On the fourth postoperative day, the patient had diabetic ketoacidosis with a glucose level >700 mg/dL. Arterial pH was 7.05 and the potassium level was 7.5 mEq/L. This was successfully treated with IV insulin and hydration, but 2 days later, the patient developed an acute myocardial infarction. Echocardiography demonstrated an estimated ejection fraction of 30% with akinesis of the entire anteroseptal and apical walls, as well as hypokinesis of the mid-lateral wall. Cardiac catheterization identified severe two-vessel disease, and on Postoperative Day 10, the patient underwent uncomplicated coronary artery bypass grafting (CABG). Mean arterial pressures during cardiopulmonary bypass were maintained >60 mm Hg, and recovery was unremarkable, with no abnormal neurologic findings noted postoperatively. Two weeks after endoscopic maxillary sinus surgery, the patient was discharged home without any residual neurologic deficit.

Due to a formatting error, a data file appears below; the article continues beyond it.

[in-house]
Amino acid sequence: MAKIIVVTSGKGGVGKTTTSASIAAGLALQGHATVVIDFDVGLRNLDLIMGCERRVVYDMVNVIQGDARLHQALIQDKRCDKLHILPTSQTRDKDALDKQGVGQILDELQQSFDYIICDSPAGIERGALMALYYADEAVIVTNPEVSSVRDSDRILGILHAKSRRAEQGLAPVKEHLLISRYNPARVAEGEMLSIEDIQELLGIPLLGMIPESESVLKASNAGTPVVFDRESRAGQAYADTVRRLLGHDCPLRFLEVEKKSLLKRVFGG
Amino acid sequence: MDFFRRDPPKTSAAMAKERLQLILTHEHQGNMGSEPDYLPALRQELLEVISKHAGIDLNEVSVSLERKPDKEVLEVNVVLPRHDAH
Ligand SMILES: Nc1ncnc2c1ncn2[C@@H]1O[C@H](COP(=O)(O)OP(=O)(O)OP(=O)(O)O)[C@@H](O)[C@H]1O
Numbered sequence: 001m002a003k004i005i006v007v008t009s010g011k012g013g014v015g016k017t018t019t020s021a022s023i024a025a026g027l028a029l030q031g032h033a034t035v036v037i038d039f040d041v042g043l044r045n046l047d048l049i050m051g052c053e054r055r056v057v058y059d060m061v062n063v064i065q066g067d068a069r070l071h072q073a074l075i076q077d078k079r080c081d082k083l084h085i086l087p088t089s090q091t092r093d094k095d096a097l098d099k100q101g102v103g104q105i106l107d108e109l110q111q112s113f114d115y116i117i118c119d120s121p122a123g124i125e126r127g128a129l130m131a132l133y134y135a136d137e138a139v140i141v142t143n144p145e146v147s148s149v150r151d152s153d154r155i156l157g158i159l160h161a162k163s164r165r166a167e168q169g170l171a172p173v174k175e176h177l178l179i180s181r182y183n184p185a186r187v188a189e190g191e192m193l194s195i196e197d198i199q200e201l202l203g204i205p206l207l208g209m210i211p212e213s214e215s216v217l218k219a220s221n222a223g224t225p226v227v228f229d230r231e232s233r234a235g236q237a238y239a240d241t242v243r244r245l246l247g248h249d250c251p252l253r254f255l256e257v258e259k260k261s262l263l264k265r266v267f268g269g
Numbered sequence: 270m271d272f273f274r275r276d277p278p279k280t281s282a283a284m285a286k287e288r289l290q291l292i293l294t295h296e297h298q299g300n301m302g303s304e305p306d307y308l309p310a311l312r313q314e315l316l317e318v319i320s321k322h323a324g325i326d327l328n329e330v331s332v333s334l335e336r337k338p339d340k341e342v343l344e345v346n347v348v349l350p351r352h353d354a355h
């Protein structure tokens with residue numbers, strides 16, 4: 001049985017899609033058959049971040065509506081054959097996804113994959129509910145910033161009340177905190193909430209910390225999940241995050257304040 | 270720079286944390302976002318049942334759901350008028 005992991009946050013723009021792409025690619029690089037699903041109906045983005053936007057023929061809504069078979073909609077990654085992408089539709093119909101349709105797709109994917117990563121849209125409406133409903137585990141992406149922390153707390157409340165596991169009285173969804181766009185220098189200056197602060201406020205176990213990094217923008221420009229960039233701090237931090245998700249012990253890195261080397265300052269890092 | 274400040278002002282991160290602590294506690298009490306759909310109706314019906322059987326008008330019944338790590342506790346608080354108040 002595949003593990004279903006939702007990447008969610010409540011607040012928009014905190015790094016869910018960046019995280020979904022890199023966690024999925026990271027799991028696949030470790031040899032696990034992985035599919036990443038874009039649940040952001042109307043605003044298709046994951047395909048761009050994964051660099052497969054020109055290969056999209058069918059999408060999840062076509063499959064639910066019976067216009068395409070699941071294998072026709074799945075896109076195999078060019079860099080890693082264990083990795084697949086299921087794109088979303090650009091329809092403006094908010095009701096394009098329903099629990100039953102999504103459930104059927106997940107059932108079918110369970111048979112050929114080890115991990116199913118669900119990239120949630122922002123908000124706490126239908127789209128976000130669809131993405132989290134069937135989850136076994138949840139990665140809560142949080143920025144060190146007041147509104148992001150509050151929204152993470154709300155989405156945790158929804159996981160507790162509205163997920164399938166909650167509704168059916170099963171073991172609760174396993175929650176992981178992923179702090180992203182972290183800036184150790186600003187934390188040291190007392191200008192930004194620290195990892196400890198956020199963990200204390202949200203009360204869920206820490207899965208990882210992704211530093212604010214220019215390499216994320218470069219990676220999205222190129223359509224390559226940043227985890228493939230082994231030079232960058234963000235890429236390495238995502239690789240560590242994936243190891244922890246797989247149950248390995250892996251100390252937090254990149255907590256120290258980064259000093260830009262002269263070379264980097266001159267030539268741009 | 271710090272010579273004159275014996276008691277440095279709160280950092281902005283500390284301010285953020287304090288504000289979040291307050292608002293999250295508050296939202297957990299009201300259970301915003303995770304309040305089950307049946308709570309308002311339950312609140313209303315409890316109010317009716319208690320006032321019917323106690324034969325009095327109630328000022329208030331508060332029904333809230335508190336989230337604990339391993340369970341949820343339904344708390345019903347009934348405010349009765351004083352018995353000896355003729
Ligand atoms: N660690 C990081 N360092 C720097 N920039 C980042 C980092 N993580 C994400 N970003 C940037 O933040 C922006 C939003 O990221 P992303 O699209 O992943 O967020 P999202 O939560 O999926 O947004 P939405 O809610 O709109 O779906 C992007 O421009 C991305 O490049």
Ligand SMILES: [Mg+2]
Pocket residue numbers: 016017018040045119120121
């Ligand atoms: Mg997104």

Our patient represents the first reported case of man-in-the-barrel syndrome after noncardiac surgery and in the absence of profound hypotension. All previously documented cases [1-6] have followed either cardiopulmonary arrest or cardiac surgical procedures and are believed to be the result of distal field cerebral infarctions. Distal field cerebral infarctions are localized to the border zone areas of the brain, in which terminal arteriolar anastomoses occur between the major cerebral arteries. These are also known as watershed or border zone infarctions and usually are associated with global cerebral hypoperfusion [7]. Angiographic data have shown that, even under normal conditions, circulation in these areas can vary, with periods of stasis frequently occurring [2,8]. When exposed to hypotension, these border zone territories are highly susceptible to ischemia and infarction [9]. The region most vulnerable to watershed infarction is the border zone between the anterior cerebral artery (ACA), the middle cerebral artery (MCA), and the posterior cerebral artery. This area is located at the occipitoparietal convexity, where infarctions produce deficits, such as visual field defects, cortical blindness, saccadic gaze palsy and homonymous hemianopsia [7,9].